TransferWise is a British online money transfer service that allows people to send and receive money safely from abroad without the high fees added by most banks. TransferWise promises to deliver international payments from Europe within 24 hours – compared to 3-7 days for a regular bank.

Transferwise understands that a brand is not just a logo - it is a complete system of how the company looks, speaks, and acts, because cohesive brands are recognized more quickly, and trusted more readily. The brand is essential to the TransferWise experience and the team cares about every detail — from the photography insubway ads, to the tiniest typography in our UI.
How does TransferWise look like?
The logo design is made of two parts and features a flag, and the customized typeface wordmark "TransferWise".
How does TransferWise speak?
TransferWise's slogan is "The cheap, fast way to send money abroad". When TransferWise communicates, the language is personal, human, transparent, confident.
TransferWise branding overview

Final thoughts

Branding a fin-tech company or a product presents a unique set of challenges. There's an essential coldness to technology and finance that can only be overcome by powerful, human-centric brand experience. It was time to toss out the old standard that had been established for generations and break the pattern.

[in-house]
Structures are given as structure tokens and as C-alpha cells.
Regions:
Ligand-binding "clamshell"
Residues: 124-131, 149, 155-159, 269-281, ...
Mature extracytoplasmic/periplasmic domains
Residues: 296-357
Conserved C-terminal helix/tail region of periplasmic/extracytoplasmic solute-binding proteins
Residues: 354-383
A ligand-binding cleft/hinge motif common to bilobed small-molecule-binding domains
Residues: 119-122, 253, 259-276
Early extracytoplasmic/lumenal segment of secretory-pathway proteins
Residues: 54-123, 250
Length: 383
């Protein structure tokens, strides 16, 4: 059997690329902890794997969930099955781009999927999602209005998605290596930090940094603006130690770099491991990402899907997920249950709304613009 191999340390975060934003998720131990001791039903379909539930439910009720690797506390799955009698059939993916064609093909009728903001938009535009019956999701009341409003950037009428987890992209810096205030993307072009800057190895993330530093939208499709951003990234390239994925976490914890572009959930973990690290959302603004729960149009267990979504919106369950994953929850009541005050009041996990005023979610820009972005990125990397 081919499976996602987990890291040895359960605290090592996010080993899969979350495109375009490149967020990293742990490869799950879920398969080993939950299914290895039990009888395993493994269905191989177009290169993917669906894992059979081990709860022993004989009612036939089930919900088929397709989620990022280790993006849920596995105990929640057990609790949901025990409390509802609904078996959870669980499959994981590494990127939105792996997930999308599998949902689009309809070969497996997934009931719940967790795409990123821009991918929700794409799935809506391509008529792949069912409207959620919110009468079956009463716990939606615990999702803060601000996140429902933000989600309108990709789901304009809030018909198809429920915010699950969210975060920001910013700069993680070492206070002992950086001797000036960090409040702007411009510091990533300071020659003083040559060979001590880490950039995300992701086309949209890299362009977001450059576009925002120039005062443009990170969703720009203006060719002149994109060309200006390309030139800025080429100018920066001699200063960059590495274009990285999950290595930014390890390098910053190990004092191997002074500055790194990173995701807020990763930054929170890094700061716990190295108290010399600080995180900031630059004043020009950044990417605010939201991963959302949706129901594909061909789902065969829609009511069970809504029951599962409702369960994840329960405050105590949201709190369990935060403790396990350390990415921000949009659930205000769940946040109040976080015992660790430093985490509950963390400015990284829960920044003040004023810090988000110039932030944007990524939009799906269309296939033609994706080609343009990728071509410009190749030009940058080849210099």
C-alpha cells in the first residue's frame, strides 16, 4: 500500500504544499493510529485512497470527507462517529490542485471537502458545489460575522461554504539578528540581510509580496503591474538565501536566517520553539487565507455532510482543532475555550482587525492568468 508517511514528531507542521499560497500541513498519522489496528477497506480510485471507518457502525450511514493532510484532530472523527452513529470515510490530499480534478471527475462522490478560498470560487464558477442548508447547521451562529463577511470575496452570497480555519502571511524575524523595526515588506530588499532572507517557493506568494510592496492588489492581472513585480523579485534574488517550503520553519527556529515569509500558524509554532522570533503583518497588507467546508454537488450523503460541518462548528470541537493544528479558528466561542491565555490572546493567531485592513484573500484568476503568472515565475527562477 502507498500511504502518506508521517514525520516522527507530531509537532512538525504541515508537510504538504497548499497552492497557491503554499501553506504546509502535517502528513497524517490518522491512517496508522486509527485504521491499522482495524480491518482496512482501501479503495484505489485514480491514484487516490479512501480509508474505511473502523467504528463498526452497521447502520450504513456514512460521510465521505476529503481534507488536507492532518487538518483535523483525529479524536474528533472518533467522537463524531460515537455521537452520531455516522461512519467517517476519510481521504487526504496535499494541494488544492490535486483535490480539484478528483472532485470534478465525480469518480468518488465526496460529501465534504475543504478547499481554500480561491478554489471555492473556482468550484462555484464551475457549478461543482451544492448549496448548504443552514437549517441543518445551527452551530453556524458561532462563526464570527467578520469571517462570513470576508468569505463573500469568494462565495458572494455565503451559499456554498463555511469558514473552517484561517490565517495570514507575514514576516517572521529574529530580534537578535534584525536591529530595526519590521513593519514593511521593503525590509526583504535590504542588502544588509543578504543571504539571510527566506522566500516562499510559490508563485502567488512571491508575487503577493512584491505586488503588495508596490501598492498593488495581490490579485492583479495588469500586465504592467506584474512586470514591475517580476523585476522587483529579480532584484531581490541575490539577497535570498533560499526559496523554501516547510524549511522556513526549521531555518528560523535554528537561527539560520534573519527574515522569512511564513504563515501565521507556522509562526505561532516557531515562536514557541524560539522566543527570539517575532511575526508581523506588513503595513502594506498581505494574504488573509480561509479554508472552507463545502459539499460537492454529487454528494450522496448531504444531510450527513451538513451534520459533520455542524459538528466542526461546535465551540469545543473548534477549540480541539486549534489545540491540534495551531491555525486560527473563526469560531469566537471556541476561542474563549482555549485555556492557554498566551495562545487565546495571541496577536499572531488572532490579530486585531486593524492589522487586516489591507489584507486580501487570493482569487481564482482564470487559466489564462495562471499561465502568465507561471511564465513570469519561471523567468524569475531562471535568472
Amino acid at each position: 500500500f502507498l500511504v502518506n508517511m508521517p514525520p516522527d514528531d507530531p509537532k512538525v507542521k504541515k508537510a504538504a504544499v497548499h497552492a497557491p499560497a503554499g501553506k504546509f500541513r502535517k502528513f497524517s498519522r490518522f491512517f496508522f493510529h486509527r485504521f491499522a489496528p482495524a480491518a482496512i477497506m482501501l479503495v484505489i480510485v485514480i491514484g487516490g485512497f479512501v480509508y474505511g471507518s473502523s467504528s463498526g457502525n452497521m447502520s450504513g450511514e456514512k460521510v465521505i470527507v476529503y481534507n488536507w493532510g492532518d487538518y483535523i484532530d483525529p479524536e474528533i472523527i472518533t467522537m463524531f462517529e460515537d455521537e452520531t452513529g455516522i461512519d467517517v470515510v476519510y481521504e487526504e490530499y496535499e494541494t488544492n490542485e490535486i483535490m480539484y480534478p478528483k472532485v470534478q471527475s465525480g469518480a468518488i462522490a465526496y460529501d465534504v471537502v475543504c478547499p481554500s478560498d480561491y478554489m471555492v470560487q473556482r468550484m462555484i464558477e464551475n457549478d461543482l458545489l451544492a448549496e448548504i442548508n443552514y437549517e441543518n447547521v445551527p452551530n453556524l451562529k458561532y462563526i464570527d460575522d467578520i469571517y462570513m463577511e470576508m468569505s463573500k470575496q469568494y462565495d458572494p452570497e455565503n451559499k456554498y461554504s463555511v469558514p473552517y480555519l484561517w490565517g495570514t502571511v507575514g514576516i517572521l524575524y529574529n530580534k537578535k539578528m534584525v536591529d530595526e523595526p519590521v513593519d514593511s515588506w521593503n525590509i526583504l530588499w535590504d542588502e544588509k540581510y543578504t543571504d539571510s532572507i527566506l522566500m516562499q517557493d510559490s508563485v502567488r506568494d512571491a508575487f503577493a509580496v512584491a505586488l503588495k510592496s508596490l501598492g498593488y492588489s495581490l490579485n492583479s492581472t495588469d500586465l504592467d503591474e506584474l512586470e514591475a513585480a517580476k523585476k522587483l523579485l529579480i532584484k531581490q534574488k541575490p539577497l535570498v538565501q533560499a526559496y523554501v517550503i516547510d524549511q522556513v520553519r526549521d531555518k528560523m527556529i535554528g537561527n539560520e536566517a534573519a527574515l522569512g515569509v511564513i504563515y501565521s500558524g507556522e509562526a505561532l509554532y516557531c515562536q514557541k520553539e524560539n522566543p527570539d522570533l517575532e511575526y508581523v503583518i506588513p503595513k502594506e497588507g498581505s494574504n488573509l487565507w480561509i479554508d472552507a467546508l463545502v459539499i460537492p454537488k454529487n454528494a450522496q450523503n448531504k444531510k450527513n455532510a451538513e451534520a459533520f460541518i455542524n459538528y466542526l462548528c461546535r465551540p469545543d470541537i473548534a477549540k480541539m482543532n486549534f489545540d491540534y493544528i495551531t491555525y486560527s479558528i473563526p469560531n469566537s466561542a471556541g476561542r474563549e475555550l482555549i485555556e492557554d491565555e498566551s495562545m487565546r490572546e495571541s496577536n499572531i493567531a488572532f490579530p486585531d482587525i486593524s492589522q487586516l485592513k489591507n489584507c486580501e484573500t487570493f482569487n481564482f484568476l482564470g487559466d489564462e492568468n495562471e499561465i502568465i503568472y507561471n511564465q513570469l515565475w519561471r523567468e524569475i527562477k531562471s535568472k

Fin-tech branding took inspiration from some of the most successful technology companies outside of the financial sector because it found a balance between intuitive design and brand experience. They succeeded in changing the audience's understanding of finance, they placed their users' needs first, simplified the processes, language, and offered a better service over traditional financial institutions. Finance branding thanks to fin-techs now has a friendly face.

Overall many fin-tech brands are doing things right, they prioritize brand value, user experience, talk with the audience in their language, and in general offer a product that beats traditional finance institutions. The ones who don't... end up without awareness, traction, and investments.

If you want to raise money, reach product/market fit, or want to improve user acquisition or retention - you need a team that gets that and helps to solve challenges through strategic design and branding efforts.